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Tuesday round-up

After much anticipation, this morning at 10 a.m. the Court will hear two-and-a-half hours of oral arguments in the challenges to state bans on same-sex marriage.  I previewed the case in Plain English (in Part I and Part II), with other coverage coming from Nina Totenberg of NPR, who has posts previewing the case and one on the amicus briefs that have filed, Greg Stohr of Bloomberg News, Jess Bravin of The Wall Street Journal (subscription required), and David Savage of the Los Angeles Times, who describes Justice Kennedy as “poised to be the crucial vote in deciding whether gay marriage will be a constitutional right nationwide.”  Richard Wolf of USA Today reports on the road to the Court for the same-sex marriage issue and profiles Mary Bonauto, one of the lawyers who will argue on behalf of the plaintiffs tomorrow.  

Commentary on the cases and oral arguments come from Noah Feldman for Bloomberg View, Marci Hamilton at Hamilton and Griffin on Rights, David Gans at the Constitutional Accountability Center’s Text and History Blog, Eric Segall at ACSblog, John Culhane at Politico Magazine, Bob Tuttle and Ira Lupu at Cornerstone, Adam Winkler at ACSblog, Joseph Mansilla at Adventures in Doctrinal Wonderland, David Upham at The Public Discourse, Karl Laird at Oxford Human Rights Hub, Tom Watts (with Part 2 and Part 3 of a series) at the Harvard Law and Policy Review, and Kenneth Jost (in two posts) at Jost on Justice.

Yesterday the Court granted review in two cases.  Lyle Denniston covered the orders from last week’s Conference for this blog, while Kimberly Bennett did the same for JURIST.  At Mayer Brown’s Class Defense Blog, Andrew Pincus and others discuss the grant in Spokeo Inc. v. Robins, in which the Court will consider “whether Congress may confer Article III standing by authorizing a private right of action based on a bare violation of a federal statute, even though the plaintiff has not suffered any concrete harm.” And at his eponymous blog, Ross Runkel discusses the grant in Green v. Donahoe, in which the Court will consider time limits for workplace grievances claiming a “constructive discharge” of a federal employee.  In another post, Runkel discusses the order to the California attorney general to file a response in Friedrichs v. California Teachers Association, describing the case as “a big deal because it is a head-on challenge of the 1977 Abood decision which upheld a state statute that allows an ‘agency shop’ arrangement.”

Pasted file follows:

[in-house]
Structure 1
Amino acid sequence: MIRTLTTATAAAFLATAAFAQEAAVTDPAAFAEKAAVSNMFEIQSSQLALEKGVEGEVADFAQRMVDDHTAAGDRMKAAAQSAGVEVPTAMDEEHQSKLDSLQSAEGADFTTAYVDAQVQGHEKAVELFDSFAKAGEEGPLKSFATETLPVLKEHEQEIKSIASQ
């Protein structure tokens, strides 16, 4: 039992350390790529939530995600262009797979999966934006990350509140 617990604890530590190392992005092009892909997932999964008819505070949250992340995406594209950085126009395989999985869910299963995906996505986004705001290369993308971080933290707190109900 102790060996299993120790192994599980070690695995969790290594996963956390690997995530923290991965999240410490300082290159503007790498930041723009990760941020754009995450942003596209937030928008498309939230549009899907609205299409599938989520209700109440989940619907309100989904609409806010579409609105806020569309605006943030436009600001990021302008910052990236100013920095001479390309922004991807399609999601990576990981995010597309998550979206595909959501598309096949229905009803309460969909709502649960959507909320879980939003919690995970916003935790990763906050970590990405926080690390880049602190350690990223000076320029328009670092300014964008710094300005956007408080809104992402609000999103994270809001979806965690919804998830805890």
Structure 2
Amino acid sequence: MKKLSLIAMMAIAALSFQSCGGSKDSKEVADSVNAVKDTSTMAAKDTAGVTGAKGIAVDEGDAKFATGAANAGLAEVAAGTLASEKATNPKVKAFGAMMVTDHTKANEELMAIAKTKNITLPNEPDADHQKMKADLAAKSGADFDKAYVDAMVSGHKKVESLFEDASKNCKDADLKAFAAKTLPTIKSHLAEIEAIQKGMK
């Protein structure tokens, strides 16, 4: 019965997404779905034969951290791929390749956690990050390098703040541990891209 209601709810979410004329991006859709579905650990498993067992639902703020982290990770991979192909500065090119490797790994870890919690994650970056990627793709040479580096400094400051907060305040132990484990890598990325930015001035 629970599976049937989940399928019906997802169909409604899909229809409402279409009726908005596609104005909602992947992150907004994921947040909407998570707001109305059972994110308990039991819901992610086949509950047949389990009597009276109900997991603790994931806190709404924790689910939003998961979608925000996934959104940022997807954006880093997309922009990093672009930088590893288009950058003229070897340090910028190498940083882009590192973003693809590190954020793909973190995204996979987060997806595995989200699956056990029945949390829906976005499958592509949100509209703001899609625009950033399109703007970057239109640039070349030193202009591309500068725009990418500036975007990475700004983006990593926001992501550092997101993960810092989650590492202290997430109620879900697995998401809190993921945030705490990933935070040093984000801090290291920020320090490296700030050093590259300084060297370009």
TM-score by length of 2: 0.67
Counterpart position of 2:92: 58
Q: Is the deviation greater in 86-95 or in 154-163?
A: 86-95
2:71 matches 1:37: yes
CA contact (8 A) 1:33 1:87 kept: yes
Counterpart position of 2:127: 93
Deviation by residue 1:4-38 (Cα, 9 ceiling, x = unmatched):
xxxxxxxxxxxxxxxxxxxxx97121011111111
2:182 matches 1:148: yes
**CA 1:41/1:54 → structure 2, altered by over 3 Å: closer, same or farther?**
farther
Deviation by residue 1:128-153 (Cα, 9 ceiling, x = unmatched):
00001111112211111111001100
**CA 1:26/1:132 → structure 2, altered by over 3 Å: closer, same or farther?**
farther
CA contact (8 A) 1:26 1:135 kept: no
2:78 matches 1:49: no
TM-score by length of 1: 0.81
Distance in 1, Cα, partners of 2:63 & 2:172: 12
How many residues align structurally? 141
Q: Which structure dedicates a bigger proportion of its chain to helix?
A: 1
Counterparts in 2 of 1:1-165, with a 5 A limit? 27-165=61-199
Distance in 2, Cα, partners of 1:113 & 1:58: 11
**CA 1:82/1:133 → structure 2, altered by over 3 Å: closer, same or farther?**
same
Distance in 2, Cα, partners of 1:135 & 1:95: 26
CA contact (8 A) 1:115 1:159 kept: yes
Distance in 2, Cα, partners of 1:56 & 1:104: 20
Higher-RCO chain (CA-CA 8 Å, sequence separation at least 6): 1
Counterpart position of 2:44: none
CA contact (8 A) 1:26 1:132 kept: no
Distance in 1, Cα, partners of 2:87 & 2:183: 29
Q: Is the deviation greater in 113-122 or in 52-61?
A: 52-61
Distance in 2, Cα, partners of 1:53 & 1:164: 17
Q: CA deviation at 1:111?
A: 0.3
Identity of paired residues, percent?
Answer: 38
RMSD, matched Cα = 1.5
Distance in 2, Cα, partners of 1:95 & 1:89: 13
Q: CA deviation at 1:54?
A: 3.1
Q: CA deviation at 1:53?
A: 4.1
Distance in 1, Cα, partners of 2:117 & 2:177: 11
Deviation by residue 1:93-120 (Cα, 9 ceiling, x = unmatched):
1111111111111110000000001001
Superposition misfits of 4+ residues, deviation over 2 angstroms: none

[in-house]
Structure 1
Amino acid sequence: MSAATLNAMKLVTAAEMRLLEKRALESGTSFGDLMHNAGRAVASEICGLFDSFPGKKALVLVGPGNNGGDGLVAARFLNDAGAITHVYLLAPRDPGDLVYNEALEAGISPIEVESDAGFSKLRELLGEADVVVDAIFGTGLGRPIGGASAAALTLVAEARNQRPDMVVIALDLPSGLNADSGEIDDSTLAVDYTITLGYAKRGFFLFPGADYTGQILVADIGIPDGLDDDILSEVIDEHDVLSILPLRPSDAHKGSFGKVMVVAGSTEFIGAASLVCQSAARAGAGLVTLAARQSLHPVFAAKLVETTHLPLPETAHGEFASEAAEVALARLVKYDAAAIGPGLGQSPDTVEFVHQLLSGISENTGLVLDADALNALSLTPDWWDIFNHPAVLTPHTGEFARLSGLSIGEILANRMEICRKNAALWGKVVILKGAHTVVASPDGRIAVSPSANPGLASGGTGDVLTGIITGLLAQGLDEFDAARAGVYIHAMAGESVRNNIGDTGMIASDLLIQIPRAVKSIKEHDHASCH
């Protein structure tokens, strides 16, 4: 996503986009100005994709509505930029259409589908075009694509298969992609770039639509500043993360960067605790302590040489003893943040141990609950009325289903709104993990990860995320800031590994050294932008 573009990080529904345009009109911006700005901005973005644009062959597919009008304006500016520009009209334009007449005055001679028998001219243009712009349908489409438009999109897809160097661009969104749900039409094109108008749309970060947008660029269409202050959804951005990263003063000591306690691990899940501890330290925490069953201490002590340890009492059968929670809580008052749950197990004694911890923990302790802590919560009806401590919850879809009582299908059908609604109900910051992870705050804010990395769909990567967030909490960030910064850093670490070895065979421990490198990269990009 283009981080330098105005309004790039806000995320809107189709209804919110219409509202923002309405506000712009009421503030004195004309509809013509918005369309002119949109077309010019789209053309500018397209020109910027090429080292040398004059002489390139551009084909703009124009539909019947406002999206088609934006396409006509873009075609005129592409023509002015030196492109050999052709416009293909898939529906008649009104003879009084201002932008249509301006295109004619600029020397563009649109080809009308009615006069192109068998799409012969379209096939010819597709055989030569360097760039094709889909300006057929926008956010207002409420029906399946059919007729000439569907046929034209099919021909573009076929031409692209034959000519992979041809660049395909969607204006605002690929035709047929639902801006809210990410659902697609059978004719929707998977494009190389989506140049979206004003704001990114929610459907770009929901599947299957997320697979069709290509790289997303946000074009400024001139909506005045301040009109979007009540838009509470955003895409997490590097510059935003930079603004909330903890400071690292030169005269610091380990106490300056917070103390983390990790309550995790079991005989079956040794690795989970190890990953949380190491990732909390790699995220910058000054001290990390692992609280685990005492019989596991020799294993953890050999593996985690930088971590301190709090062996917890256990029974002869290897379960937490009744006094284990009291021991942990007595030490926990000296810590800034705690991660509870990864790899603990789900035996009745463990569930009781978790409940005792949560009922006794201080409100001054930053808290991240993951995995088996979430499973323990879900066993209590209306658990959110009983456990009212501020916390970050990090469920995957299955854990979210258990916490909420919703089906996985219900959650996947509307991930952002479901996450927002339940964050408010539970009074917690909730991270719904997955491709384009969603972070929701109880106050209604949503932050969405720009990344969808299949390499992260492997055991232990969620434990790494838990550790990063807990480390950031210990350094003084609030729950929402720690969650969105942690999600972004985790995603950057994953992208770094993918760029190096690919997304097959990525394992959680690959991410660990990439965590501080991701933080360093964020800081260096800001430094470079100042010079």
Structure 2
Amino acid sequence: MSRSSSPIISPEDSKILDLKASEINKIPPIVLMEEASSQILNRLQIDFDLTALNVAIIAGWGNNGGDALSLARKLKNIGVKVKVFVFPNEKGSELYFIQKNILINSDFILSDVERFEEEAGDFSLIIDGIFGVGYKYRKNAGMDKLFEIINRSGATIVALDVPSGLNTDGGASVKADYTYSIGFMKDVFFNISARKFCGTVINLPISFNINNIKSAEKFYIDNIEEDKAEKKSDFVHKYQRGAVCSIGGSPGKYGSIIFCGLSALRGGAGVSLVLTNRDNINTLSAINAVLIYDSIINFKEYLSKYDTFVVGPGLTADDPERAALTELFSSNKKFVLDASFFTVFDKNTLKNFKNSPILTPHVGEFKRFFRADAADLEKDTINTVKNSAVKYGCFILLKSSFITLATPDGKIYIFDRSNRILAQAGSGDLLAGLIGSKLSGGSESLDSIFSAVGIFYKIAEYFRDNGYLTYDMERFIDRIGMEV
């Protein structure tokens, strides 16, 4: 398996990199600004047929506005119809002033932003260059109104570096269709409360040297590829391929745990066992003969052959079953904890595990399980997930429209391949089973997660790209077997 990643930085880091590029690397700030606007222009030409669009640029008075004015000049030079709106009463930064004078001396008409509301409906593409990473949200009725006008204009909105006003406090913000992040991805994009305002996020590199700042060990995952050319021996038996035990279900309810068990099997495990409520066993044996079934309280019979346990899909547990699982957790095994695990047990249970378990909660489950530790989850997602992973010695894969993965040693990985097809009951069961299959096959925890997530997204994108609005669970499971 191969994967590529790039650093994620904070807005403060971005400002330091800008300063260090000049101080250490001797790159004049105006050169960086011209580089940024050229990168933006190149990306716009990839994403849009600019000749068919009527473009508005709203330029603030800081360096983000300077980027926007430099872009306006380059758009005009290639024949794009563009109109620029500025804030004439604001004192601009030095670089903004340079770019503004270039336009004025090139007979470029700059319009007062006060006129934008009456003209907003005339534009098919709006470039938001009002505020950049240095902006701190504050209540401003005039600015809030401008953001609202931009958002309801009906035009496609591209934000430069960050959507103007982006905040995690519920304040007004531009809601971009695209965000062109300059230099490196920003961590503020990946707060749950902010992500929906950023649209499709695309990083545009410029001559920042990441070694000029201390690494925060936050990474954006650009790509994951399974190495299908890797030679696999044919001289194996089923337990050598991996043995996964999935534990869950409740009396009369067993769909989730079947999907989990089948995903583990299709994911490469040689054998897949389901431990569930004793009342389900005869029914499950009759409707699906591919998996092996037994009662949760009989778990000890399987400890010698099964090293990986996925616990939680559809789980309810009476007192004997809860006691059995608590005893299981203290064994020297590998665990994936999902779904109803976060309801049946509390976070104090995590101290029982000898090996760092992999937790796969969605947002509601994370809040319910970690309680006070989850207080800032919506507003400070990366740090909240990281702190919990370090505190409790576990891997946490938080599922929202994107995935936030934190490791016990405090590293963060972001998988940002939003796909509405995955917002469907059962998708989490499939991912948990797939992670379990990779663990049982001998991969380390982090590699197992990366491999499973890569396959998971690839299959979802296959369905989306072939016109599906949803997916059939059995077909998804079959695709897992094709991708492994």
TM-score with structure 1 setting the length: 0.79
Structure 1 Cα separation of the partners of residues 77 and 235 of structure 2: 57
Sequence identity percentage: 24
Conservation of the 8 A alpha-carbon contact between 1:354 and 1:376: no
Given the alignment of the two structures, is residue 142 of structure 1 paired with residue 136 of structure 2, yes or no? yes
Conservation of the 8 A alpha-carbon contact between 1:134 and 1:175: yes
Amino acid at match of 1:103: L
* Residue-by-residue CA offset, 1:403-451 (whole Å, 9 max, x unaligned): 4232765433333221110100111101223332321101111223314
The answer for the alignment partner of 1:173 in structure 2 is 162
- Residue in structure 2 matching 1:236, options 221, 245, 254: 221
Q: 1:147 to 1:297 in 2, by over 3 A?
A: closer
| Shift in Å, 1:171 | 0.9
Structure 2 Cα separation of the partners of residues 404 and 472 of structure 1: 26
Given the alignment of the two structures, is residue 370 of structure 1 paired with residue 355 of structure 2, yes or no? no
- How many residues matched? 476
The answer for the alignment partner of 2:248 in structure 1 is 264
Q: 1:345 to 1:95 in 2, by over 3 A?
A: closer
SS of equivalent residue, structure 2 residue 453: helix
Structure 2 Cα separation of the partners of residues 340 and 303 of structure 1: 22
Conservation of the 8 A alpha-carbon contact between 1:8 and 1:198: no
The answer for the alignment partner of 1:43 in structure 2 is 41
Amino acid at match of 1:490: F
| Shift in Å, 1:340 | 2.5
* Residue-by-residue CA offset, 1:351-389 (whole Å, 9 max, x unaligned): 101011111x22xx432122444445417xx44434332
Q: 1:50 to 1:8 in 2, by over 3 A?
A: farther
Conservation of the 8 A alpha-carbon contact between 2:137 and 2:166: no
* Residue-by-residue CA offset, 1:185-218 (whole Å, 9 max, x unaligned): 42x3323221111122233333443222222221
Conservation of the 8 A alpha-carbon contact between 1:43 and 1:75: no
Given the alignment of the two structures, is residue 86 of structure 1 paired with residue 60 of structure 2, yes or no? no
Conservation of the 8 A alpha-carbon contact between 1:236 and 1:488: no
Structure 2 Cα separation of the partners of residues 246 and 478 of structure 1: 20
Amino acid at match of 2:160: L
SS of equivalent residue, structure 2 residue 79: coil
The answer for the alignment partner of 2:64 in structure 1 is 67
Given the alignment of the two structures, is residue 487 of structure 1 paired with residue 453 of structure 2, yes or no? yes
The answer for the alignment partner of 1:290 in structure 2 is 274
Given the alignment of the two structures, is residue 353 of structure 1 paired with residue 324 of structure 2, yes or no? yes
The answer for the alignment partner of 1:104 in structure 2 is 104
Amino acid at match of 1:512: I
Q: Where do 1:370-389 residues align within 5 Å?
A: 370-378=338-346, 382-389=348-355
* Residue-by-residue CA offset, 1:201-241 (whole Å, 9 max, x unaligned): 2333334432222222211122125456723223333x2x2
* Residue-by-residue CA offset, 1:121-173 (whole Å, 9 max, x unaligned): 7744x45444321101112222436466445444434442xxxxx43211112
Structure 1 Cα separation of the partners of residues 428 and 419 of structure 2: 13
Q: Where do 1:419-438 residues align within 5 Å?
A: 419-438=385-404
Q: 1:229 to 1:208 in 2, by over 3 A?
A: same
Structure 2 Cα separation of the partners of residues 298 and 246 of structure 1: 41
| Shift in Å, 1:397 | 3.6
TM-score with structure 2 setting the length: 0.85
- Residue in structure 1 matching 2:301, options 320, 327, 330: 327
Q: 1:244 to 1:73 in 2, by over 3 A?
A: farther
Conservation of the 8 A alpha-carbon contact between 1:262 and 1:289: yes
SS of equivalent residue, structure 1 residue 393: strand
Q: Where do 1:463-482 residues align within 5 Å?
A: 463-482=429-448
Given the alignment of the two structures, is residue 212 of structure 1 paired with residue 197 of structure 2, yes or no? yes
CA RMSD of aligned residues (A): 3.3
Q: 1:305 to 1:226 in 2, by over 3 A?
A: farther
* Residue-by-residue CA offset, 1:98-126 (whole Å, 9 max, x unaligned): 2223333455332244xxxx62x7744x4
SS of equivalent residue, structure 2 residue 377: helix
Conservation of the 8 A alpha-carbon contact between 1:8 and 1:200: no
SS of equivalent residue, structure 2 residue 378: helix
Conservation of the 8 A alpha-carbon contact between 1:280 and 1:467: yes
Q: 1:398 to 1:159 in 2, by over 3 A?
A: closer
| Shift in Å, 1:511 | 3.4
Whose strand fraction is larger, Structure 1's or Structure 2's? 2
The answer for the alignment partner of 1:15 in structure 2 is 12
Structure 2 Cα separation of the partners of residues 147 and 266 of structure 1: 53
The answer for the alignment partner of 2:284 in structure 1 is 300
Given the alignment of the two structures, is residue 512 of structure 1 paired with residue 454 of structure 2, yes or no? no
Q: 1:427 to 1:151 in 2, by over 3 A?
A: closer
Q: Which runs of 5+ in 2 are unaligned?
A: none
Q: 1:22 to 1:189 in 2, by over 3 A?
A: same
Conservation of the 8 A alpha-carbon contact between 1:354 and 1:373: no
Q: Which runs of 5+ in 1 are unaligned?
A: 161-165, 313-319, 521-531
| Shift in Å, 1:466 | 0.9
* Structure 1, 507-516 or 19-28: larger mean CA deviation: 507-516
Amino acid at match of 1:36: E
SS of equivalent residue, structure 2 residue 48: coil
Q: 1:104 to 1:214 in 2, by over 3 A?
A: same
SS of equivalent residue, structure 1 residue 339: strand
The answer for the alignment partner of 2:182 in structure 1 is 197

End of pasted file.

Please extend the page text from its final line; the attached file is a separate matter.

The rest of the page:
The Court also relisted O’Keefe v. Chisholm.  As M.D. Kittle of the Wisconsin Watchdog reports, the case “aims to revive a civil rights complaint against the prosecutors of Wisconsin’s political John Doe investigation into dozens of conservative groups and the campaign of Gov. Scott Walker.”  Other coverage comes from Jason Stein at the Wisconsin Journal-Sentinel, while commentary comes from Roger Pilon at Cato at Liberty, Eugene Volokh for The Washington Post, William Jacobson at Legal Insurrection, Rick Hasen at his Election Law Blog, and from Rick Esenberg at the Milwaukee Journal-Sentinel and Right Wisconsin (with another post here).

After issuing orders, the Court heard oral arguments in Kingsley v. Hendrickson, involving excessive force and pre-trial detainees.  Richard Re covered the oral argument for this blog, with other coverage coming from Kimberly Bennett of JURIST and commentary from Mark Joseph Stern at Slate.


  • In an op-ed in The National Law Journal (subscription required), Megan McCracken and Jennifer Moreno weigh in on tomorrow’s challenge to Oklahoma’s lethal injection protocol, arguing that “[t]he facts learned after the executions of Dennis McGuire, Clayton Lockett and Joseph Wood, and the undisputed scientific data, require the court to now say that the use of midazolam violates the Eighth Amendment.”

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Recommended Citation: Amy Howe, Tuesday round-up, SCOTUSblog (Apr. 28, 2015, 5:47 AM),